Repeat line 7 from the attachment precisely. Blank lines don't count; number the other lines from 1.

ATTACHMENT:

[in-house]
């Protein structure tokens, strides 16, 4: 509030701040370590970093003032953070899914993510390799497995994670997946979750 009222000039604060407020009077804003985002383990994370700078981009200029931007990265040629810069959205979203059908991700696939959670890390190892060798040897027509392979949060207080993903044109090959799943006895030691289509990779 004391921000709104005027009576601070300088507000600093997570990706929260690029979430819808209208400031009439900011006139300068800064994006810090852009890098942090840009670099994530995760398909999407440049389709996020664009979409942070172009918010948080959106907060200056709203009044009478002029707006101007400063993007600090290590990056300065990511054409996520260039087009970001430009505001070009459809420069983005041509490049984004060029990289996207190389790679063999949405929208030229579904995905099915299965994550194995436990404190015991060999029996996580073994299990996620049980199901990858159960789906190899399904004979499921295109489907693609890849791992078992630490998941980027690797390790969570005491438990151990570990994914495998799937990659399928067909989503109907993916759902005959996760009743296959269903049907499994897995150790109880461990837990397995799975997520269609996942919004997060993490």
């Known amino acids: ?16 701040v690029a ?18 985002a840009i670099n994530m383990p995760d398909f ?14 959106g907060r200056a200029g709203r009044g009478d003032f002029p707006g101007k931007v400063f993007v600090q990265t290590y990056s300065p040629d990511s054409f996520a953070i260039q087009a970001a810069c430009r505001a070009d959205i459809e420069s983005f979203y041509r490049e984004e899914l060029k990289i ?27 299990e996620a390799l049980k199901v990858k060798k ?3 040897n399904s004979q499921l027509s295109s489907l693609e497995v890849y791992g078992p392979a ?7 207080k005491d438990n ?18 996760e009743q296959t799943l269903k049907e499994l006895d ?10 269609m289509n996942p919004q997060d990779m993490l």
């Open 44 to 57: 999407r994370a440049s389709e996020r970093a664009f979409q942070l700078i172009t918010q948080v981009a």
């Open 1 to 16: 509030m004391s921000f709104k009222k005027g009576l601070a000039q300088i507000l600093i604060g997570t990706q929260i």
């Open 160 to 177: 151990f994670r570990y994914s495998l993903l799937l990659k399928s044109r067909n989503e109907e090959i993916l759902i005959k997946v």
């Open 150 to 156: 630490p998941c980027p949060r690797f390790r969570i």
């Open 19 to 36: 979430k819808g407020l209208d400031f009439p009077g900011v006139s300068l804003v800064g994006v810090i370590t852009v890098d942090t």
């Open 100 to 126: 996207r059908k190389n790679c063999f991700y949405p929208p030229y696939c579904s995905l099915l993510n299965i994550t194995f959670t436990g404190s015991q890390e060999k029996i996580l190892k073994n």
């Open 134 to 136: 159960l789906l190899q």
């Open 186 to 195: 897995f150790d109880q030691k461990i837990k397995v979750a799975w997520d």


């Open 150 to 156: 630490p998941c980027p949060r690797f390790r969570i």